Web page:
Reporting Aristea Brady
MINNEAPOLIS (WCCO) – If you’re just returning from a trip to the cabin, you know summer tick season is in full swing.
With that comes the threat of infection, and according to the Centers for Disease Control and Prevention, Minnesota is one of the leading states for tick infection.
Worse yet, shortages of a drug used to treat Lyme disease have caused prices to spike — ordinarily a cheap antibiotic now costs patients 18 times what it used to.
Small as a little period on a piece of paper, the deer tick can have big consequences.
“The risk period is mid-May to mid-July, and the highest risk is in wooded or brushy parts of the state,” the Minnesota Department of Health’s Dave Neitzel said.
Dr. Frank Rhame is an infectious disease expert with Abbott Northwestern Hospital.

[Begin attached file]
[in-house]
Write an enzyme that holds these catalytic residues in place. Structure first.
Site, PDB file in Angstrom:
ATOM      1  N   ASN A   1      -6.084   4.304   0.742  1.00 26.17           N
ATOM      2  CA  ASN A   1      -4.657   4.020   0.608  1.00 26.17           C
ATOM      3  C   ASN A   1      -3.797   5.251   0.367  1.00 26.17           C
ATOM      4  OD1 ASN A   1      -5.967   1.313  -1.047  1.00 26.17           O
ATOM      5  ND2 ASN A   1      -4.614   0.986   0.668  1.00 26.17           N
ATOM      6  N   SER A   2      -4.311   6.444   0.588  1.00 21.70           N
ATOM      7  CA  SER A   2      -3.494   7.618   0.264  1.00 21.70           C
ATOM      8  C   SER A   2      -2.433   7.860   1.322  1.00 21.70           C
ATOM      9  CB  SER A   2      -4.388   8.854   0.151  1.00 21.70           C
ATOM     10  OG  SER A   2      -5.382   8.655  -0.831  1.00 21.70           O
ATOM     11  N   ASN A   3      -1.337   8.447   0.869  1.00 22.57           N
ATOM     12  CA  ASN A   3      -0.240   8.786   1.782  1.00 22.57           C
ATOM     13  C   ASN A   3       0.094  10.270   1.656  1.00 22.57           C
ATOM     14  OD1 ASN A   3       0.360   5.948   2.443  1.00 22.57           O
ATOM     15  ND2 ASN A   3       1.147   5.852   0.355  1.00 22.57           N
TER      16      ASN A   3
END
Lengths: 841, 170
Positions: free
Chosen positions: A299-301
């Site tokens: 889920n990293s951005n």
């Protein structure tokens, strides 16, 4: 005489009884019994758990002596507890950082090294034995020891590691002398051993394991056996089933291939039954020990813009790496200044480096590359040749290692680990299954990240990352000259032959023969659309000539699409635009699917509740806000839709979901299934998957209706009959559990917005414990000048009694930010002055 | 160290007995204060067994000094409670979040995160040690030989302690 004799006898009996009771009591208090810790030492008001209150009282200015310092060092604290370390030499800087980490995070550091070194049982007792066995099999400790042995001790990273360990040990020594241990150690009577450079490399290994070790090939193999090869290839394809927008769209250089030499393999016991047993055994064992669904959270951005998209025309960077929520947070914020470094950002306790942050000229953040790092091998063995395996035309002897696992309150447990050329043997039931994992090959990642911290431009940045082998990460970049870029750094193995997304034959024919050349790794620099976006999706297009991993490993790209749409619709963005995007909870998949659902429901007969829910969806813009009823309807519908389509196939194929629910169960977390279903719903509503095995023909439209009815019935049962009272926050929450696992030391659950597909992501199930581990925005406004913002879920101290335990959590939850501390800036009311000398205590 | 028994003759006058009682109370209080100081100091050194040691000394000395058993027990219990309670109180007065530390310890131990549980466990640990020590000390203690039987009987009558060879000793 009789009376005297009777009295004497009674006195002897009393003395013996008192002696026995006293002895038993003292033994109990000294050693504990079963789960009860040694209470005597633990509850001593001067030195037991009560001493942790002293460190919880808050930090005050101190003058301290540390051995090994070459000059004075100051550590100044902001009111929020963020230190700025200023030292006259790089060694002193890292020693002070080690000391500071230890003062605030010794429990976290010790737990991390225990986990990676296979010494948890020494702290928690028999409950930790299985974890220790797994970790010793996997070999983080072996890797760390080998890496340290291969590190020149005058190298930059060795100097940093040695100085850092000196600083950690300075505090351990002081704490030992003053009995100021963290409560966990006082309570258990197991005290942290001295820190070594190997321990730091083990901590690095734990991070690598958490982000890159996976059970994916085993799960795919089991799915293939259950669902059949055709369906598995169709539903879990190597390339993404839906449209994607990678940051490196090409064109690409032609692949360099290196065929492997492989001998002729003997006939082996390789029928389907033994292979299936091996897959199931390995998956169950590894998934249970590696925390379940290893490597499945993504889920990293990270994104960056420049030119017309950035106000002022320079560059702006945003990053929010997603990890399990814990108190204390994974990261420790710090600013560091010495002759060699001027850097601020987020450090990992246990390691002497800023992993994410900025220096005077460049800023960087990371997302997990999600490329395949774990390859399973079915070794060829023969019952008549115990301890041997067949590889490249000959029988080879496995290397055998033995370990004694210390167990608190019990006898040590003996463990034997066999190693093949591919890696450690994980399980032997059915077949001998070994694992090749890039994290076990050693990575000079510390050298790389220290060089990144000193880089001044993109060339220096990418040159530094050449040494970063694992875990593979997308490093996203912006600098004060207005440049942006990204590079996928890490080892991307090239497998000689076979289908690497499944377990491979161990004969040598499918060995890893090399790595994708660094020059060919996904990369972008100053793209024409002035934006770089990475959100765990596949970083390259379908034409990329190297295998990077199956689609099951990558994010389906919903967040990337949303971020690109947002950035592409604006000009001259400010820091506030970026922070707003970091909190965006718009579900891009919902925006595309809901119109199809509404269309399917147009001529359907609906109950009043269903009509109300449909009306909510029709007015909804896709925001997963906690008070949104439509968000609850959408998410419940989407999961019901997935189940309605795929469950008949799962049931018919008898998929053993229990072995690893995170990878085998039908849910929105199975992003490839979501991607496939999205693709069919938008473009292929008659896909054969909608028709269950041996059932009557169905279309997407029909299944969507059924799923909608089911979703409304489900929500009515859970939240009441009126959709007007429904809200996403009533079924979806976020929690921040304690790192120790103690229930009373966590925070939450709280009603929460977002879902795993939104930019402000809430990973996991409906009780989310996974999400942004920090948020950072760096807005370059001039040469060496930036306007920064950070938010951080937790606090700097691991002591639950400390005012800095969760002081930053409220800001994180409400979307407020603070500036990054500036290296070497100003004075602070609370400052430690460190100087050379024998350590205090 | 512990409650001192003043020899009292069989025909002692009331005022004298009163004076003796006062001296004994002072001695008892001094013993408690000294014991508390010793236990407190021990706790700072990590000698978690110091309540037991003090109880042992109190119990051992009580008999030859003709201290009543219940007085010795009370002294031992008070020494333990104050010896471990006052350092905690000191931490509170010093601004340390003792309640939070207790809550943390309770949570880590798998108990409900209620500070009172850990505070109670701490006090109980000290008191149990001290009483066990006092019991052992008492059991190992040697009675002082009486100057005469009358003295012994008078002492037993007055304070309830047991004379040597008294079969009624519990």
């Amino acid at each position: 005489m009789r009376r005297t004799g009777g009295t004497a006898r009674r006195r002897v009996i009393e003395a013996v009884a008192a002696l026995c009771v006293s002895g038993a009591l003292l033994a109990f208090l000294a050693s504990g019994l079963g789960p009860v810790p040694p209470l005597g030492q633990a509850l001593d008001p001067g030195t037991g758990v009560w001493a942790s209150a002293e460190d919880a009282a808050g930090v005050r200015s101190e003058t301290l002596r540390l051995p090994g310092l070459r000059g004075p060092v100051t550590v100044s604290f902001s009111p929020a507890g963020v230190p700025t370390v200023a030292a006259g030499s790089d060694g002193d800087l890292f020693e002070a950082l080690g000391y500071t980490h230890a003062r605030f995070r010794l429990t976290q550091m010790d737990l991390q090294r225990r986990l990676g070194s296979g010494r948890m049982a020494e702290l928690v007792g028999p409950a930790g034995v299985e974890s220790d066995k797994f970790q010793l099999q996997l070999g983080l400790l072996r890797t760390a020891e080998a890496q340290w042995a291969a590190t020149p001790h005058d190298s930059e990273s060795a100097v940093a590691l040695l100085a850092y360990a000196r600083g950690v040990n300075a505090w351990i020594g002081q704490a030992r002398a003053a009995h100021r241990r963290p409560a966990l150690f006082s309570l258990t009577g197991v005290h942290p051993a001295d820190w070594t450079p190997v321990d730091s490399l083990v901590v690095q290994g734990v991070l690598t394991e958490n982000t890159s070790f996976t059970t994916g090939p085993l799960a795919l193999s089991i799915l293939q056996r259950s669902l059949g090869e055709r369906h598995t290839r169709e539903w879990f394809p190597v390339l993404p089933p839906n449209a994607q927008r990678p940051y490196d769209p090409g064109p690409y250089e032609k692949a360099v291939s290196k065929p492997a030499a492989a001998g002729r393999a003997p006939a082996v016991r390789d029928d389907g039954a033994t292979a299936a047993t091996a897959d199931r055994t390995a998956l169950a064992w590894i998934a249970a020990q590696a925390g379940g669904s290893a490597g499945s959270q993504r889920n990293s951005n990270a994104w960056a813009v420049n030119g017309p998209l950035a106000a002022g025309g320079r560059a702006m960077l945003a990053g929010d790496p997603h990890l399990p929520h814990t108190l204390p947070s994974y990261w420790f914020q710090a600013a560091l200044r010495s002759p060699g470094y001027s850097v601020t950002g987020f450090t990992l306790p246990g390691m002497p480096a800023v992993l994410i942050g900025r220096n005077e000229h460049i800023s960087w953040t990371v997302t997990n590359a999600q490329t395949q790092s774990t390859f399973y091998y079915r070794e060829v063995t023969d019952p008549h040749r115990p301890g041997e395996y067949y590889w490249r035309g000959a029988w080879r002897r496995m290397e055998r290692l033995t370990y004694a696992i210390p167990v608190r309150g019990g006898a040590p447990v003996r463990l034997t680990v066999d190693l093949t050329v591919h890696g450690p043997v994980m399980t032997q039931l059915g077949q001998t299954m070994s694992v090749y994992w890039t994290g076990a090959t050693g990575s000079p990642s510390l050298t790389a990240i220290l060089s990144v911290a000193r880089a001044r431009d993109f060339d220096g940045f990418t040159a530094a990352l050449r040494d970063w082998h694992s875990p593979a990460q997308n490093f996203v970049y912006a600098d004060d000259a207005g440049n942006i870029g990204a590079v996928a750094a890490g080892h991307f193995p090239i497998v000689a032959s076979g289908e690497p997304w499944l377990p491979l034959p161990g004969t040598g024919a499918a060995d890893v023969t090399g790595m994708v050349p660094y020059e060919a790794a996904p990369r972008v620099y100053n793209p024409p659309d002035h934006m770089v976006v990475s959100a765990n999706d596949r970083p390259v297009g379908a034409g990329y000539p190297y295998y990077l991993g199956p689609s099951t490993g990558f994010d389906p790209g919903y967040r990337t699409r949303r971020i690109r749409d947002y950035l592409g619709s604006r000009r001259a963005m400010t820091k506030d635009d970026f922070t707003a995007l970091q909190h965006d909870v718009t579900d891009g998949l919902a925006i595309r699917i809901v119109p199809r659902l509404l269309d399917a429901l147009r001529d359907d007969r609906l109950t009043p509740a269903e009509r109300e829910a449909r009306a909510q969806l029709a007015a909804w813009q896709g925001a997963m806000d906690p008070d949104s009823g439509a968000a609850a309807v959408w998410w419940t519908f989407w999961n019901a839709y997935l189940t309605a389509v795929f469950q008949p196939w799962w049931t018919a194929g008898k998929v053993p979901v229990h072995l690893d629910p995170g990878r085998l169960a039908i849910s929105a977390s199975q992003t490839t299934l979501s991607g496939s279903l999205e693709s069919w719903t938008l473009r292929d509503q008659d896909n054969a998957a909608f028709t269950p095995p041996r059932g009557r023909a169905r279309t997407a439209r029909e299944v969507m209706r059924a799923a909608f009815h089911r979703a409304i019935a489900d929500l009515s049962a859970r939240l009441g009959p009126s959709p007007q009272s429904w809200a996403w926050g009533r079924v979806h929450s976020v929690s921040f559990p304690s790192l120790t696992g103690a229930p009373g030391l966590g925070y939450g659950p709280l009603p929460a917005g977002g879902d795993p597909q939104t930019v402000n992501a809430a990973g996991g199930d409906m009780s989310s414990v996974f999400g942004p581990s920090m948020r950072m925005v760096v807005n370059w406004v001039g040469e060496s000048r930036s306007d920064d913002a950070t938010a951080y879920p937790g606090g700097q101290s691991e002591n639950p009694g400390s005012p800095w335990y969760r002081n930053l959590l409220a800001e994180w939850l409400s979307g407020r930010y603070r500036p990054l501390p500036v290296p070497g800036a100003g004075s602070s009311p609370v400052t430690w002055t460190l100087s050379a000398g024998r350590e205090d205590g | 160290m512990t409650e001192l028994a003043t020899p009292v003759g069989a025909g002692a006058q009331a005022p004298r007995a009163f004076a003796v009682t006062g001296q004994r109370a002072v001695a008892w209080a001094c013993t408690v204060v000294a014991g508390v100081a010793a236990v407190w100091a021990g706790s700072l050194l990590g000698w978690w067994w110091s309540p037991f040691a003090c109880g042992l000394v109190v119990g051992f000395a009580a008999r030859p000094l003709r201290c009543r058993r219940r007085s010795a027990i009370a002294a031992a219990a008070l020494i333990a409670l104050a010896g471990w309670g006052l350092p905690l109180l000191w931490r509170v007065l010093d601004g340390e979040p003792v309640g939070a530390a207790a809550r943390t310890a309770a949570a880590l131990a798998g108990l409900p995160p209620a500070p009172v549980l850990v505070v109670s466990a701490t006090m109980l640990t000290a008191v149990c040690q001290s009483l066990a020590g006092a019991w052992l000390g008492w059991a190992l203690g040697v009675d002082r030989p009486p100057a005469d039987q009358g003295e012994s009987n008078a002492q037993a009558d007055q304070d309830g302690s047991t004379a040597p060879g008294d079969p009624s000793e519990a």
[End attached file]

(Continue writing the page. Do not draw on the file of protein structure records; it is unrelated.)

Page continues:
He’s starting to see the first reports of Lyme disease.
“It’s a bacterial infection that is brought to us by our friendly ticks,” Rhame said.
Symptoms include fever, headache, fatigue, loss of appetite, and in 60 percent of cases there will be a bull’s-eye rash that’s more than four centimeters.
The drug used to treat it is an antibiotic called doxycycline, which according to Allina Health, costs 18 times what it used to because of the shortage.
Doxycycline is also used to treat some sexually transmitted diseases, acne and pneumonia.
While pharmaceutical companies list different reasons for the shortage, Rhame said one of the common reasons listed is because the FDA has been cracking down on quality regulations, resulting in the complete shutdown of some factories.
Sen. Amy Klobuchar sent a letter to the FDA Commissioner just days ago urging the FDA to take all the necessary steps to alleviate the shortage.
But that may not take place before the season ends.
To be proactive, spray your clothes with repellants that contain DEET and an ingredient called permetherin, which will actually kill the ticks.